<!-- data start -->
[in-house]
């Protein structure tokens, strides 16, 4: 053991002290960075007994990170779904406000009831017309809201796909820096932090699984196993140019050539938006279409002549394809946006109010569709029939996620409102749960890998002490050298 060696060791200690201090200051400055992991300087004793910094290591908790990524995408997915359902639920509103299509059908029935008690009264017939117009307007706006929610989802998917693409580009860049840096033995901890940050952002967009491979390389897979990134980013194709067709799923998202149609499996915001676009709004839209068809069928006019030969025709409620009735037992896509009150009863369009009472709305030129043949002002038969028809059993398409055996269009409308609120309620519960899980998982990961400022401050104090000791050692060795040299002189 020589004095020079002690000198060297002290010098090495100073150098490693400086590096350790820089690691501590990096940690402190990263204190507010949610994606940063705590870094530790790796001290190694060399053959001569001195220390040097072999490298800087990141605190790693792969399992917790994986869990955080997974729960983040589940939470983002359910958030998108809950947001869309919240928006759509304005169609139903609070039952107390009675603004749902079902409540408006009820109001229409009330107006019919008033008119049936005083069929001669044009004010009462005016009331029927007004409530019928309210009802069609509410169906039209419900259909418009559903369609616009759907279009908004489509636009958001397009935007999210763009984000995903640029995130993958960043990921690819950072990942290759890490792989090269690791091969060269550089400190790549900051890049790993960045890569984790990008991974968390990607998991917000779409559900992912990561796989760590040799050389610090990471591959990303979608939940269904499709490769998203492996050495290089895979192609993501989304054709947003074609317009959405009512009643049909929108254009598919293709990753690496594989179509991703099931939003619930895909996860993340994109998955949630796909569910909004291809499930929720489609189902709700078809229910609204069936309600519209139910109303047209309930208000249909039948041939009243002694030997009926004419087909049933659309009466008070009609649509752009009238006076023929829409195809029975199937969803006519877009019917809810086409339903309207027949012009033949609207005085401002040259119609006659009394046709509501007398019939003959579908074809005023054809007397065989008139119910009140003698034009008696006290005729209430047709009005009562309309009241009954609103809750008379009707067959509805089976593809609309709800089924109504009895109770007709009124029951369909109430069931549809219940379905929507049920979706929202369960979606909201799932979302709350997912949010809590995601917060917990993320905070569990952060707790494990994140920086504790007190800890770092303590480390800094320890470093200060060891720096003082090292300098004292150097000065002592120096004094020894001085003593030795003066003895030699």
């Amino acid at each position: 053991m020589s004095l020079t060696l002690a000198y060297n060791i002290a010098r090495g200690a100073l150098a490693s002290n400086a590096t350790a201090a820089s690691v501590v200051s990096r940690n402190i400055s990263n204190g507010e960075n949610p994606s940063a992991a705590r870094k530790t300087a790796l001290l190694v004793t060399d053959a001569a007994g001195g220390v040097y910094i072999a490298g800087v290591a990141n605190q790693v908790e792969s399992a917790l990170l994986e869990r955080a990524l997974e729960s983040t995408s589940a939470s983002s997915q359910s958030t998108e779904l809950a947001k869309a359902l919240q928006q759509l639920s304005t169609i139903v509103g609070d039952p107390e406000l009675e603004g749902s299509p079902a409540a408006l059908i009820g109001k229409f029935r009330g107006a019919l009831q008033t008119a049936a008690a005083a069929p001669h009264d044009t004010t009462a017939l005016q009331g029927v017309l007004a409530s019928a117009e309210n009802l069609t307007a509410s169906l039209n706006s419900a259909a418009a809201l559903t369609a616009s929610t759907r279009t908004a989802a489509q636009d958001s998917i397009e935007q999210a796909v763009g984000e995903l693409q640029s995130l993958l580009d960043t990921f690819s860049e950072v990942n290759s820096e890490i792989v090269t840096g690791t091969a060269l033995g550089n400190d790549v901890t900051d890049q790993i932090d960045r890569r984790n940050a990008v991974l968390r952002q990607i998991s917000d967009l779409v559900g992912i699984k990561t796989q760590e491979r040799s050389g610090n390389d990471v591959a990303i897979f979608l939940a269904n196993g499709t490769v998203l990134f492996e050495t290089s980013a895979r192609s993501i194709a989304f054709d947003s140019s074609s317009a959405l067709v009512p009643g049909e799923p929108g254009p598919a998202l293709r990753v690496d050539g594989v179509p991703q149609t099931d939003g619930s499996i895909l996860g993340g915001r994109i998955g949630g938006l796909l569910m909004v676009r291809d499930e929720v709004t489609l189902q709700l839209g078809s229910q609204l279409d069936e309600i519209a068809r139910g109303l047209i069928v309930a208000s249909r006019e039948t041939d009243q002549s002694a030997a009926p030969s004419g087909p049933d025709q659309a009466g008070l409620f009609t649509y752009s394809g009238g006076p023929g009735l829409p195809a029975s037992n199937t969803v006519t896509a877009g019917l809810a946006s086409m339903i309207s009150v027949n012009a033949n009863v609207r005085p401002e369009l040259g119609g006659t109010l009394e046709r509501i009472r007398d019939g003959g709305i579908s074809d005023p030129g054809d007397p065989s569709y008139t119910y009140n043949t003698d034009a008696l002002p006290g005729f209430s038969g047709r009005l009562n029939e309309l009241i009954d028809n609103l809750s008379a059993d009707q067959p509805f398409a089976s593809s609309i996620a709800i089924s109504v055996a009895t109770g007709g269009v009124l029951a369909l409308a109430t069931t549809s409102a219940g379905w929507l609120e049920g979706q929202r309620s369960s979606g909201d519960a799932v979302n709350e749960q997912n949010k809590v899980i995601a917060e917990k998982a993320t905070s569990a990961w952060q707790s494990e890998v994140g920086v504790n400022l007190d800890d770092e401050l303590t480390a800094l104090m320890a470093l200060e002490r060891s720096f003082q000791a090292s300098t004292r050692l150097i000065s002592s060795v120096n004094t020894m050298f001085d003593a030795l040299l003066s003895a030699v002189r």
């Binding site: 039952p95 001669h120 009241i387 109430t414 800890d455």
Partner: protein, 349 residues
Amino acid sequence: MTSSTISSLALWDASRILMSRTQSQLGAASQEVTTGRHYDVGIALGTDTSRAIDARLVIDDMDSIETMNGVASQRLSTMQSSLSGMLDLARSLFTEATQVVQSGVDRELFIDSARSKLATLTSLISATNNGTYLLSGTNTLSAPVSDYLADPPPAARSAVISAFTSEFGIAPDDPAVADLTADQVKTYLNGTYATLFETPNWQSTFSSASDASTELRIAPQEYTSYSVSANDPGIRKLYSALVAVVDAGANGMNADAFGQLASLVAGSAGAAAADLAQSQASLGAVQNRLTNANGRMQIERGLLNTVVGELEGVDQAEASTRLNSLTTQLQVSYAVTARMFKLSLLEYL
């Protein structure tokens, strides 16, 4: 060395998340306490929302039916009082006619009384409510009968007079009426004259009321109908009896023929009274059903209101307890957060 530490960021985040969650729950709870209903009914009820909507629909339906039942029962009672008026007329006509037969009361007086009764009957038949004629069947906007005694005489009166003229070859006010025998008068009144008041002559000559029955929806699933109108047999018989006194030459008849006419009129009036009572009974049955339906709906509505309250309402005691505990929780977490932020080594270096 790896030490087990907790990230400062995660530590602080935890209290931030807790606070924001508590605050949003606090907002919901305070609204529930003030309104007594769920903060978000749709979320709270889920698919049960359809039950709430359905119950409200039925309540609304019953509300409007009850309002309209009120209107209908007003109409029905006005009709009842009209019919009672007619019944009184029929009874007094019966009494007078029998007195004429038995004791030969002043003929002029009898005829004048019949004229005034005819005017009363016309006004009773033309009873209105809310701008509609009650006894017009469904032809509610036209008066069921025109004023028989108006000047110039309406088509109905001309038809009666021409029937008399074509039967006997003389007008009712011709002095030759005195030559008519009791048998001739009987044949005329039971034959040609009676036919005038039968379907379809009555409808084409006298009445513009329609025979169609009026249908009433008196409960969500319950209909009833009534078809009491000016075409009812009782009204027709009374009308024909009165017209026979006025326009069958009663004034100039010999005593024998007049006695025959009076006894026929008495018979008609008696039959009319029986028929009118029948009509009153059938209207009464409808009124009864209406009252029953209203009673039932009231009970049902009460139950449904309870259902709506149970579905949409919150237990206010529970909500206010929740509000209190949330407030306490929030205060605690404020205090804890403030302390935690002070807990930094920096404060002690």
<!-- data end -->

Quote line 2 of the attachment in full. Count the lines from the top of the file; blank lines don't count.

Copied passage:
């Protein structure tokens, strides 16, 4: 053991002290960075007994990170779904406000009831017309809201796909820096932090699984196993140019050539938006279409002549394809946006109010569709029939996620409102749960890998002490050298 060696060791200690201090200051400055992991300087004793910094290591908790990524995408997915359902639920509103299509059908029935008690009264017939117009307007706006929610989802998917693409580009860049840096033995901890940050952002967009491979390389897979990134980013194709067709799923998202149609499996915001676009709004839209068809069928006019030969025709409620009735037992896509009150009863369009009472709305030129043949002002038969028809059993398409055996269009409308609120309620519960899980998982990961400022401050104090000791050692060795040299002189 020589004095020079002690000198060297002290010098090495100073150098490693400086590096350790820089690691501590990096940690402190990263204190507010949610994606940063705590870094530790790796001290190694060399053959001569001195220390040097072999490298800087990141605190790693792969399992917790994986869990955080997974729960983040589940939470983002359910958030998108809950947001869309919240928006759509304005169609139903609070039952107390009675603004749902079902409540408006009820109001229409009330107006019919008033008119049936005083069929001669044009004010009462005016009331029927007004409530019928309210009802069609509410169906039209419900259909418009559903369609616009759907279009908004489509636009958001397009935007999210763009984000995903640029995130993958960043990921690819950072990942290759890490792989090269690791091969060269550089400190790549900051890049790993960045890569984790990008991974968390990607998991917000779409559900992912990561796989760590040799050389610090990471591959990303979608939940269904499709490769998203492996050495290089895979192609993501989304054709947003074609317009959405009512009643049909929108254009598919293709990753690496594989179509991703099931939003619930895909996860993340994109998955949630796909569910909004291809499930929720489609189902709700078809229910609204069936309600519209139910109303047209309930208000249909039948041939009243002694030997009926004419087909049933659309009466008070009609649509752009009238006076023929829409195809029975199937969803006519877009019917809810086409339903309207027949012009033949609207005085401002040259119609006659009394046709509501007398019939003959579908074809005023054809007397065989008139119910009140003698034009008696006290005729209430047709009005009562309309009241009954609103809750008379009707067959509805089976593809609309709800089924109504009895109770007709009124029951369909109430069931549809219940379905929507049920979706929202369960979606909201799932979302709350997912949010809590995601917060917990993320905070569990952060707790494990994140920086504790007190800890770092303590480390800094320890470093200060060891720096003082090292300098004292150097000065002592120096004094020894001085003593030795003066003895030699």